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Full STEAM Ahead in Public History?

Interdisciplinary curriculum can benefit public history degree programs, but the business model in higher education threatens long-term success.

"Two steps forward and one step backward," opened a 1988 article on real estate development in Temple News. "Somehow it always seems to work out that way, especially at Temple.

I read this just last week while conducing archival work for the Center for Public History's project on food trucks in North Philadelphia. I can't help but wonder if this idea holds true for public history on campus, and generally.

Digital methods and community engagement strategies benefit public historians employed by universities, but these career paths are dwindling. Effective practitioners are intellectually agile because they are steadily employed.

Great Strides Forward in Public History

Gone are the days of university historians cloistered away in the ivory tower. From the 1960s onward, much of the relevant historical work happened in partnerships between community-based nonprofits and academic historians. We've learned how to respond to whatever issues are most pressing to the folks in the places we serve.

Digital methods -- crowdsourced archives, social media campaigns, and online exhibits -- show promise in making these town-and-gown relationships appear more durable, ongoing.

In Digital Community Engagement, scholars Paul Schadewald, Jason Heppler, and Rebecca Wingo curate a series of thoughtful case studies on building trust through technology. Activists with the Student Nonviolent Coordinating Committee (SNCC) negotiated mutually beneficial terms with librarians at Duke to preserve memories of the midcentury Civil Rights struggle while the Society of American Archivists offered financial support for academics to participate in an independent "people's archive" against police violence in Cleveland, Ohio.

The integration of science, technology, education, arts and math knowledges, or "STEAM," makes the liberal arts and sciences all the more powerful. Universities like Temple bring together people with many skills to tackle real-world questions. Public history clearly benefits from this curriculum.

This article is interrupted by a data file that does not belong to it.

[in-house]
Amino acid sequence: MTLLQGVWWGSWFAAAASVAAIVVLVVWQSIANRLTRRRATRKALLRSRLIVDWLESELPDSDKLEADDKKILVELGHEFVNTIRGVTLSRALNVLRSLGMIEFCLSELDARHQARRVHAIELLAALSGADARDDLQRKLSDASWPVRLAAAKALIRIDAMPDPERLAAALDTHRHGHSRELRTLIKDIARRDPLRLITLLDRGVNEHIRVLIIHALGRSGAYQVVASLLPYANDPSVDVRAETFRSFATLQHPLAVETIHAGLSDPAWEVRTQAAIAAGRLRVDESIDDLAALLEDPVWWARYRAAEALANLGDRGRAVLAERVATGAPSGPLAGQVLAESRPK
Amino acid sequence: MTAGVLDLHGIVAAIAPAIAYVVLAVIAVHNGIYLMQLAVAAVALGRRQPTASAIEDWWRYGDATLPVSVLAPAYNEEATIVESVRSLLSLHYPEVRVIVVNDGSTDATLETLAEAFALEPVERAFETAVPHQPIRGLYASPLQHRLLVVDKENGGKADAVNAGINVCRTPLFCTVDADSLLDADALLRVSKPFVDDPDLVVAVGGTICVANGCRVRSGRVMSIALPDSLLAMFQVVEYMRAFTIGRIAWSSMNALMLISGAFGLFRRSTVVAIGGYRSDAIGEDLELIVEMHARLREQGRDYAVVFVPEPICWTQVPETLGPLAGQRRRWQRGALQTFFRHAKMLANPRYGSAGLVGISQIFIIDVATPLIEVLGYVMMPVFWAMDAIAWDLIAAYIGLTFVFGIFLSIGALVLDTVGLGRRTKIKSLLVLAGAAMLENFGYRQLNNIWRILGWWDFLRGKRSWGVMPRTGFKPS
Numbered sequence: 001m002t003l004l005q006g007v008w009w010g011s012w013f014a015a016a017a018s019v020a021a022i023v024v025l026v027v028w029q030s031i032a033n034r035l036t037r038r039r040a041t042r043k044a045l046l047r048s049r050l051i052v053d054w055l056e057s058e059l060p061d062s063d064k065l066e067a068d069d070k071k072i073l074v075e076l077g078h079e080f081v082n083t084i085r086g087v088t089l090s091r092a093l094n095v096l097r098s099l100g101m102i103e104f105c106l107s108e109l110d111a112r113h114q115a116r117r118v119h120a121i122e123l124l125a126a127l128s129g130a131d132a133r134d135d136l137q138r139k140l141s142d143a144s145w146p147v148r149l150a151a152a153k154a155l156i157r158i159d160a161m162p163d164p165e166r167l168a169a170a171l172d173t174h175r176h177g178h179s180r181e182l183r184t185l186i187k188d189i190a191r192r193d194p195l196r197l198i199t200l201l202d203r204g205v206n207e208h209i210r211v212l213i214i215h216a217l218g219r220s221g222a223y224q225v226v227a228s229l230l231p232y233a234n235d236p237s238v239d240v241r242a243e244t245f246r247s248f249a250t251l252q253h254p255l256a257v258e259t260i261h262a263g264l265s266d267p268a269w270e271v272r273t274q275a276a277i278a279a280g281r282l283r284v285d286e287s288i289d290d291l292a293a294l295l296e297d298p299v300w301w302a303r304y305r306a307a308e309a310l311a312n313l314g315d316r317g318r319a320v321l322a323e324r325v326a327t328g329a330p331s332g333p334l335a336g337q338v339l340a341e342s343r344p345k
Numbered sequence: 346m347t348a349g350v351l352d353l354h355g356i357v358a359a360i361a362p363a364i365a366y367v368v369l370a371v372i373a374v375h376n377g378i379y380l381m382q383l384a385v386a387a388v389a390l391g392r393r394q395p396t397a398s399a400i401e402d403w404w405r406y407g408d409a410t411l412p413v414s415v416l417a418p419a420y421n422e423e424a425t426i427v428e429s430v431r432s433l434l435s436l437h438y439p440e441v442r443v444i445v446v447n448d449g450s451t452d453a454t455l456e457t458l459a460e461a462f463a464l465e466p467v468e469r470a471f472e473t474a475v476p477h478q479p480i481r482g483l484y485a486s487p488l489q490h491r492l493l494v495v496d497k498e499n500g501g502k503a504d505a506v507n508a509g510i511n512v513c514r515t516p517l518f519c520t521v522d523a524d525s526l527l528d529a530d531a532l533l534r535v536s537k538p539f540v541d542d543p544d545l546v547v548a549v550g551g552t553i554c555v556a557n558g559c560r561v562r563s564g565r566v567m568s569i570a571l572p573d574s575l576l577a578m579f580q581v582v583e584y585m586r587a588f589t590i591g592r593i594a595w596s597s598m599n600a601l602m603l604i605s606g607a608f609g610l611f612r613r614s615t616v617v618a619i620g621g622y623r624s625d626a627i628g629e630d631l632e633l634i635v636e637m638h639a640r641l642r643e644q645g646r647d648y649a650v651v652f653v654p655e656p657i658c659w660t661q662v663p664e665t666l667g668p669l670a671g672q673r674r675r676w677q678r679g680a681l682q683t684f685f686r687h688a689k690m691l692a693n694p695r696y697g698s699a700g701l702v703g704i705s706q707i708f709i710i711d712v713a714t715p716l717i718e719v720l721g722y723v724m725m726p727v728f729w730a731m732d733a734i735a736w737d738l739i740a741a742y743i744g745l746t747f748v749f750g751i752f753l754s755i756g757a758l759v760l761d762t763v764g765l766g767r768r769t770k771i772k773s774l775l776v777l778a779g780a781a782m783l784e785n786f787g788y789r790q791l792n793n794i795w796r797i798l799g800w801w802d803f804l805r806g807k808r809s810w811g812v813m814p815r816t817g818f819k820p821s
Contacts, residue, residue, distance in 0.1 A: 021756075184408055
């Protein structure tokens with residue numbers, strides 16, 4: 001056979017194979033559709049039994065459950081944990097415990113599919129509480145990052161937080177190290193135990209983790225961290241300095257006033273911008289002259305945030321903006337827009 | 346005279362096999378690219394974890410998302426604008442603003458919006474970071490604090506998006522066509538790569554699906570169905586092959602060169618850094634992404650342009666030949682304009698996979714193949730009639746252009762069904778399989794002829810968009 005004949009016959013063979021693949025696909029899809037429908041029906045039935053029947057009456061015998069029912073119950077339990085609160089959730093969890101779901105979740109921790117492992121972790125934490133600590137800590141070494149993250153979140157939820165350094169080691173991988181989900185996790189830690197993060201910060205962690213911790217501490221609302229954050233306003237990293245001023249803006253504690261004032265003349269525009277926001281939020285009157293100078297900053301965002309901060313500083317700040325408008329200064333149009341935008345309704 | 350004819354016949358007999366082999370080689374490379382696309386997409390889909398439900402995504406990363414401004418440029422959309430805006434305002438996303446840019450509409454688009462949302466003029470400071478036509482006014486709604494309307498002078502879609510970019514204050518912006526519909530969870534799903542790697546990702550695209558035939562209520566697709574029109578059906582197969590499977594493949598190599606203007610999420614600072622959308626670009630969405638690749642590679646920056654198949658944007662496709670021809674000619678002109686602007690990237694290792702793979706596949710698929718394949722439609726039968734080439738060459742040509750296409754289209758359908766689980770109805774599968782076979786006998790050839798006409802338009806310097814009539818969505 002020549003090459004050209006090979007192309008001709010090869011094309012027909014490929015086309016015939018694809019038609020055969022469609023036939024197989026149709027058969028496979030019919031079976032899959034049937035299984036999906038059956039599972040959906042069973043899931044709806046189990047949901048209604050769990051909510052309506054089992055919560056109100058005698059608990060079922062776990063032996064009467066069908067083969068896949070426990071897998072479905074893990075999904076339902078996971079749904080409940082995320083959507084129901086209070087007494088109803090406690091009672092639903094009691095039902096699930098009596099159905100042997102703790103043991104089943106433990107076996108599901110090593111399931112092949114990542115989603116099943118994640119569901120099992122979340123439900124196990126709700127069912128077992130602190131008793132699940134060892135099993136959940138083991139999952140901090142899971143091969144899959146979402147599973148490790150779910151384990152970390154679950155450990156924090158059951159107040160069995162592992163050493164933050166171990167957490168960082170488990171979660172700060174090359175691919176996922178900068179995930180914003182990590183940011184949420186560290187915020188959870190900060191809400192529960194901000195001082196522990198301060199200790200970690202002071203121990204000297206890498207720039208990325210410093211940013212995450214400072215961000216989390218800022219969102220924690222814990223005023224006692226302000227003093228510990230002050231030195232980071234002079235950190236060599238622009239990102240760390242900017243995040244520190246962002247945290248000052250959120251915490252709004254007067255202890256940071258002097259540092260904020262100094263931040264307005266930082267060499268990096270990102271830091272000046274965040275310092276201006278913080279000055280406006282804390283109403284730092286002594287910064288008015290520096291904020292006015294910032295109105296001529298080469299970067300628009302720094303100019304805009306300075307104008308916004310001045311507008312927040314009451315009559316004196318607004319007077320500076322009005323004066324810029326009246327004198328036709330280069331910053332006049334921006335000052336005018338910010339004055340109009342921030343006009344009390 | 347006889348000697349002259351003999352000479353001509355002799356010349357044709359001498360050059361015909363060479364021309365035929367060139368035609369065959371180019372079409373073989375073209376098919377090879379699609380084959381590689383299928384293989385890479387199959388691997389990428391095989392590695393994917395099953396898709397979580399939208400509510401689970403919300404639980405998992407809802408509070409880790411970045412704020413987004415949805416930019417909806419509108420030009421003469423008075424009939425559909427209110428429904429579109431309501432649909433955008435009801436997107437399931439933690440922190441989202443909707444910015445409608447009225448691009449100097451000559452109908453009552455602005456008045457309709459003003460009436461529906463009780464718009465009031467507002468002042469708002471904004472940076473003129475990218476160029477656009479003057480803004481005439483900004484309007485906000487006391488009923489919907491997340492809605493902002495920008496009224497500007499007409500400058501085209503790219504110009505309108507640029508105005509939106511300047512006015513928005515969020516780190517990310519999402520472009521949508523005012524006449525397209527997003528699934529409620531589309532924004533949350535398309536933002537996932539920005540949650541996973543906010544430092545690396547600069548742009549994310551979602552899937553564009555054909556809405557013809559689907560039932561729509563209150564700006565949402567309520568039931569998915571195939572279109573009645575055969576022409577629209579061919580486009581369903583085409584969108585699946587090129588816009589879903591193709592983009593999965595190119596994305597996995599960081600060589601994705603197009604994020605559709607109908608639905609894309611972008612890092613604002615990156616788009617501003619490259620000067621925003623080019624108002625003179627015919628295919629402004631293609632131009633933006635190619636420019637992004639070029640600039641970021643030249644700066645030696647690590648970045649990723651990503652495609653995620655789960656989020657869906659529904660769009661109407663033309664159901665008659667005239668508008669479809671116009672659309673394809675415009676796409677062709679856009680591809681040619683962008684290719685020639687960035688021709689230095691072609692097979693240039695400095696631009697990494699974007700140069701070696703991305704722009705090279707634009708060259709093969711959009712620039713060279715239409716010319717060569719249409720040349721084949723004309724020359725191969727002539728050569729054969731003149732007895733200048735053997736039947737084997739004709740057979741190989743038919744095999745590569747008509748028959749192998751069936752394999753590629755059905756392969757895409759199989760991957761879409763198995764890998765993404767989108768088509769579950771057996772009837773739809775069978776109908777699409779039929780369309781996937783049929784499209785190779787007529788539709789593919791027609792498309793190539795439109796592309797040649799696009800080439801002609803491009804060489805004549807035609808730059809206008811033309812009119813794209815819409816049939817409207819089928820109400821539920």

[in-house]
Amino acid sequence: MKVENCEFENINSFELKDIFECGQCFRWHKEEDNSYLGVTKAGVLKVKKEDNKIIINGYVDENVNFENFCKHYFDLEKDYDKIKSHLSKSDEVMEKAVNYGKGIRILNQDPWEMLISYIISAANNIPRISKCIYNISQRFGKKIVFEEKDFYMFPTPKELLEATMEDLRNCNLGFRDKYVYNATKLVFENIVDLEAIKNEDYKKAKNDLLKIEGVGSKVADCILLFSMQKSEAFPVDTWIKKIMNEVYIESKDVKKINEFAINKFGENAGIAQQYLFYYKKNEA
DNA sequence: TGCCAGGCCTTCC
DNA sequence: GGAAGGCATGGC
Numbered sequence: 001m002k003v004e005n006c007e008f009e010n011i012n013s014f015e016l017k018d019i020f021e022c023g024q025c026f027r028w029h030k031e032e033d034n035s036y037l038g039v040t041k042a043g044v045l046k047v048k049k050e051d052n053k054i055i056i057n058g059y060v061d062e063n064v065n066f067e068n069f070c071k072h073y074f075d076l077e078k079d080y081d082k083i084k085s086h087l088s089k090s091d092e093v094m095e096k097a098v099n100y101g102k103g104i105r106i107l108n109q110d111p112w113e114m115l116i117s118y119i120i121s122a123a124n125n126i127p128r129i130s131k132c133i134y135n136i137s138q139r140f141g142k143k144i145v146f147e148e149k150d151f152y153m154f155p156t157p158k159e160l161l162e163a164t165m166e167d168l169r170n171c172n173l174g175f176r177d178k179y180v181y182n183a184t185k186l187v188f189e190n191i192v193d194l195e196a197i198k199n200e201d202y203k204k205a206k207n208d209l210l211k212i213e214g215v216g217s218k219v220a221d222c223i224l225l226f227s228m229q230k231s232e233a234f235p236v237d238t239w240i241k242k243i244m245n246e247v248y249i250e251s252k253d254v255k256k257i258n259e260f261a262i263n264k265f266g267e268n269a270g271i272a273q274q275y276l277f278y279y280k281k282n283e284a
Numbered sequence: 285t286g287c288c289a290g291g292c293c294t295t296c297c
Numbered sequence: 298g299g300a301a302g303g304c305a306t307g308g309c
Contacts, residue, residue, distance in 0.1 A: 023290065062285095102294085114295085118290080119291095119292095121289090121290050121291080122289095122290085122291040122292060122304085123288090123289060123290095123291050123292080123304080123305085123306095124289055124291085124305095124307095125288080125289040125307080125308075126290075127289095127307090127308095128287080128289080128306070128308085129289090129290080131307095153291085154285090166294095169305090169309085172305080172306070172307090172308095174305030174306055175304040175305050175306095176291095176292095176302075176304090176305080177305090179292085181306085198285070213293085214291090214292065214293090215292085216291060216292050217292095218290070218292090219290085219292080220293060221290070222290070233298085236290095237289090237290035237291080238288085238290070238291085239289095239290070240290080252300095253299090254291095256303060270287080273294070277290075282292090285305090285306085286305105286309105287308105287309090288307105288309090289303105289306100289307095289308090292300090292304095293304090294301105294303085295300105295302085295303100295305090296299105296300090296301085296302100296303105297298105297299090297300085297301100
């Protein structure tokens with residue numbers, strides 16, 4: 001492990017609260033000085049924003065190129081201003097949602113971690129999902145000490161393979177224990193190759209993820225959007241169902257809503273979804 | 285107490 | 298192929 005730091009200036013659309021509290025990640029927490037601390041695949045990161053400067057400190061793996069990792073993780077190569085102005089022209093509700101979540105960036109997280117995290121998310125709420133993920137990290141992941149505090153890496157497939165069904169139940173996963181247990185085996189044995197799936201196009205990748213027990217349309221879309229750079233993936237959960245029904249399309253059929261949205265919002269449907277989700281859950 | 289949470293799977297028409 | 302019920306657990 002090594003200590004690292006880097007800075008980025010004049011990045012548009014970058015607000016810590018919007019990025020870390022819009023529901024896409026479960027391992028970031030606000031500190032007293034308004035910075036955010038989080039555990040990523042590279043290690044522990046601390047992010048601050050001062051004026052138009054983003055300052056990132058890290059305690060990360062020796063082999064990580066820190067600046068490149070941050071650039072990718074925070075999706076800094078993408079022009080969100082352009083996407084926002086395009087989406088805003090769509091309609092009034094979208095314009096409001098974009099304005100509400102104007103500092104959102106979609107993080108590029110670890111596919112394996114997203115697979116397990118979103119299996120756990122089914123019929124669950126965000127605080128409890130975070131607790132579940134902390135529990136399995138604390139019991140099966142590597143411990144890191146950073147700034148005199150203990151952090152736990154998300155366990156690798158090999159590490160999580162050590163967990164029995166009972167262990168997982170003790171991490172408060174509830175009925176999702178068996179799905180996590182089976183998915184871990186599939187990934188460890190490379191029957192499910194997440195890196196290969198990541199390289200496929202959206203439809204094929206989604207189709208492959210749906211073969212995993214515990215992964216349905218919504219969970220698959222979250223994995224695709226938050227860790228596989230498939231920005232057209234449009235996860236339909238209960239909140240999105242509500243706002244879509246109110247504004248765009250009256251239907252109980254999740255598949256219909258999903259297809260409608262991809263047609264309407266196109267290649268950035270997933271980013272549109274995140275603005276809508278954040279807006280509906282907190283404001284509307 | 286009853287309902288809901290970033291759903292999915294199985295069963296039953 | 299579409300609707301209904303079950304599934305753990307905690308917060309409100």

Our Center for Public History has support projects that aim to help heal open wounds from Temple's ongoing processes of heavy-handed "urban renewal" turned market-driven gentrification. Graduates of the master's in public history have gone on to work for Philadelphia's many museums, including the notorious birthplace of solitary confinement, Eastern State Penitentiary, now a museum exhibiting the racial injustices of mass incarceration. Temple has also produced PhDs who teach at universities across the United States.

Historians affiliated with Temple generate positive press for Temple. Our latest project on food trucks even prompted nearly a hundred comments from nostalgic alumni on Facebook.

Yet, the university administration, through the department-based budgeting model and staffing policies, has accelerated the pace in which all these collaborative gains are commodified exclusively for Temple's benefit.

Temple is Falling Behind

This university can only offer infrastructure. We've got a cutting-edge Special Collections Resource Center and meeting spaces with frequent, affordable transit access. Likewise, Temple maintains professional software like ArcGIS storymaps that are critical for analyzing affordable food and housing justice. In short, we've got a campus that represents a permanent commitment to (one might argue control over) North Philadelphia. However, the actual relationships -- or, if you will, human capital -- that make for trustworthy town-and-gown partnerships are treated like a disposable asset.